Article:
International comparative events

Topics: Woodford Folk Festival, Sidmouth Folk Week, Folk festival Pages: 9 (5367 words) Published: November 5, 2014

International Comparative Events
TOUR 10002
International Comparative Events Coursework 2013/14
Comparison of Sidmouth Folk Week and the Woodford Folk Festival Banner Number: B00259618
Contents
TOC \o "1-3" \u 1. Introduction PAGEREF _Toc2500 1 1.1 Background PAGEREF _Toc3935 1
1.2 Aims and Objectives PAGEREF _Toc5435 2
1.3 Methodology PAGEREF _Toc16531 2
2. Literature Review PAGEREF _Toc17650 3
3. SWOT Analysis PAGEREF _Toc11537 5
3.1 SWOT Analysis of Sdimouth Folk Week PAGEREF _Toc15286 6
3.1.1 Strengths PAGEREF _Toc1711 6
3.1.2 Weaknesses PAGEREF _Toc7478 7
3.1.3 Opportunities PAGEREF _Toc7861 7
3.1.4 Threats PAGEREF _Toc2222 8
3.2 SWOT Analysis of the Woodford Folk Festival PAGEREF _Toc1621 9 3.2.1 Strengths PAGEREF _Toc1501 9
3.2.2 Weakness PAGEREF _Toc23614 10
3.2.3 Opportunities PAGEREF _Toc24287 10
3.2.4 Threats PAGEREF _Toc30624 11
4. Comparison between Sidmouth Folk Week and the Woodford Folk Festival PAGEREF _Toc30112 11 5. Evaluation of Sidmouth Folk Week and the Woodford Folk Festival PAGEREF _Toc25675 13 6. Conclusions and Recommendations PAGEREF _Toc23032 15

References PAGEREF _Toc214 17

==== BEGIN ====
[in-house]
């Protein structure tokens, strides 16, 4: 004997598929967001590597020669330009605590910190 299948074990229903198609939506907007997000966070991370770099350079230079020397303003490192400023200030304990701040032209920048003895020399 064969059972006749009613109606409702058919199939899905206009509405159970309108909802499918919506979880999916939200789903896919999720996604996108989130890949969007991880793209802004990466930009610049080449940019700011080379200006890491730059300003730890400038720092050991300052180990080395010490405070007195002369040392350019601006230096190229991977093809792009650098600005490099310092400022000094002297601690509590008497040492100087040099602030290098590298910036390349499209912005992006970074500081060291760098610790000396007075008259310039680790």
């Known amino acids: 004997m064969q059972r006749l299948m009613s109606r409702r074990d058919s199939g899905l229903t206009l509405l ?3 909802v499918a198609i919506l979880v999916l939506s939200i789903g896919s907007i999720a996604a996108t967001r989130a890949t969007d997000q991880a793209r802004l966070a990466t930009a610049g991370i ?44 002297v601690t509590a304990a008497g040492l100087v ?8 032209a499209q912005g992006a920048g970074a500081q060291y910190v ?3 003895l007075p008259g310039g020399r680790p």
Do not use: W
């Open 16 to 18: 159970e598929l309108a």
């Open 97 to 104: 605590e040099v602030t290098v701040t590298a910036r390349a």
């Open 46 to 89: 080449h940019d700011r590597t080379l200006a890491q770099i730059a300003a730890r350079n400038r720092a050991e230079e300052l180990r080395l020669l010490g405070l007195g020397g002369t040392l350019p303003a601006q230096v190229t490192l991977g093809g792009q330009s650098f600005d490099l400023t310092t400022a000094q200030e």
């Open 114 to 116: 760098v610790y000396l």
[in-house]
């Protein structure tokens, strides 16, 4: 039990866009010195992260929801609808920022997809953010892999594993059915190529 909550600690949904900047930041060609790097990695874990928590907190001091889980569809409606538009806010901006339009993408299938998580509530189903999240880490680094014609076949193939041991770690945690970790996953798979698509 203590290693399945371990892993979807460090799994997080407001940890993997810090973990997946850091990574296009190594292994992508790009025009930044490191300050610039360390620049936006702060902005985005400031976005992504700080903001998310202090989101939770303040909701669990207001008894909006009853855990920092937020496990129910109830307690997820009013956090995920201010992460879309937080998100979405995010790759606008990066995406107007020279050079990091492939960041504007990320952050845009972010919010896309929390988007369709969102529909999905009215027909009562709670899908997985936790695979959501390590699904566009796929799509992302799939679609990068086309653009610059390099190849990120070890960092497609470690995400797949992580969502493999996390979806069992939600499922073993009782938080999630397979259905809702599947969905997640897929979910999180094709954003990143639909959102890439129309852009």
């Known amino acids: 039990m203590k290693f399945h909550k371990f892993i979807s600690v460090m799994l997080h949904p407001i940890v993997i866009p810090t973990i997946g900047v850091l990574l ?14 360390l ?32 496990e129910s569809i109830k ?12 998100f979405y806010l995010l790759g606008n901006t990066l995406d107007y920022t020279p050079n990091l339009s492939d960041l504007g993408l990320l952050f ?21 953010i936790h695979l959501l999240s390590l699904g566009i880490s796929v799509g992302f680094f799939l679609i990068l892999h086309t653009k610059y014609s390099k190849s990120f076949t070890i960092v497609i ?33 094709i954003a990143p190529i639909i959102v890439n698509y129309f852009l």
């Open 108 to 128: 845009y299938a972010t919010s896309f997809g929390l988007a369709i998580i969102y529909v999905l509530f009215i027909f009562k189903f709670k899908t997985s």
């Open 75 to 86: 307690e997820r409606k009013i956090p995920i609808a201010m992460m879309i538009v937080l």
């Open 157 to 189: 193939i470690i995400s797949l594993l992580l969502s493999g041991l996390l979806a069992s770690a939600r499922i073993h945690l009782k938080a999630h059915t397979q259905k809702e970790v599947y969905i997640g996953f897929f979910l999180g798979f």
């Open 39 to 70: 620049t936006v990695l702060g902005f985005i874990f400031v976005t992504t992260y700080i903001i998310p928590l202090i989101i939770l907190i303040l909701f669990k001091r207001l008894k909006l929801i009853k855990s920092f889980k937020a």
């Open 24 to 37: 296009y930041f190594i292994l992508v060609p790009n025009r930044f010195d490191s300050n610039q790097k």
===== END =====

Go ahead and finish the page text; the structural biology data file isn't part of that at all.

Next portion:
1. Introduction1.1 BackgroundFestivals that celebrate the unique culture of a town, city, or region, are emerging worldwide as an indispensable part of the whole tourism industry. During the last few decades, the appearance of an increasing number of festivals has provided the host communities with opportunities to share their cultures with the tourists (Long & Robinson, 2004). It is undeniable that festivals have a significant impact on economic, cultural, social, environmental, and political aspects of the destination or the local community (Arcodia and Whitford, 2006). Long and Robinson (2004) note that festivals, which focus on folk culture, became very popular during the 1970s in most developed countries, such as the United Kingdom, the United States and Australia. To some extent, these folk festivals can have a deep impact on the destination or host community, and both locals and visitors can benefit from them. For the purposes of this study, two international folk festivals, Sidmouth Folk Week (SFW) and the Woodford Folk Festival (WFF), are selected as representative folk festivals, and are compared to each other. According to the founder of the English Folk Dance and Song Society (EFDSS), Sidmouth Folk Week has been regarded as the biggest folk festival in Europe (Long and Robinson, 2004). It has been held since 1955, and takes place annually during the first week of August. Tens of thousands of guests come to the small East Devon regency coastal resort. Sidmouth offers a variety of activities, including major folk concerts, pub sessions, workshops, master classes, social dances, colourful dance displays, family entertainment, and many children's music and craft activities (Sidmouth Folk Week, 2013a). From early on, this festival played a vital role in the revival of folk culture in the UK. Mrs Casey Music (MCM) managed it in the 1990s, at the same time. The word ‘International’ was added to the title of the festival. However, the management team of Sidmouth resigned in 2004, after failing to secure bad-weather underwriting worth £200,000. In 2005, with the help of several independent groups, organisations, and individuals, eventually ‘Sidmouth International Festival’ replaced by ‘Sidmouth Folk Week’ (SFW) (Morgan, 2008; E. Hojman & Hiscock, 2010). On the other hand, the Woodford Folk Festival, which is held annually over six days and nights from December 27th through to January 1st, is one of the largest annual culture festivals in Australia. It was originally developed in Maleny in 1987 and moved to the town of Woodford in Queensland Australia in 1994. Woodford features a wide range of performance styles, musical genres, and nationalities, in 36 simultaneous venues across the site, which are managed by the not-for-profit Queensland Folk Federation. It currently attracts...
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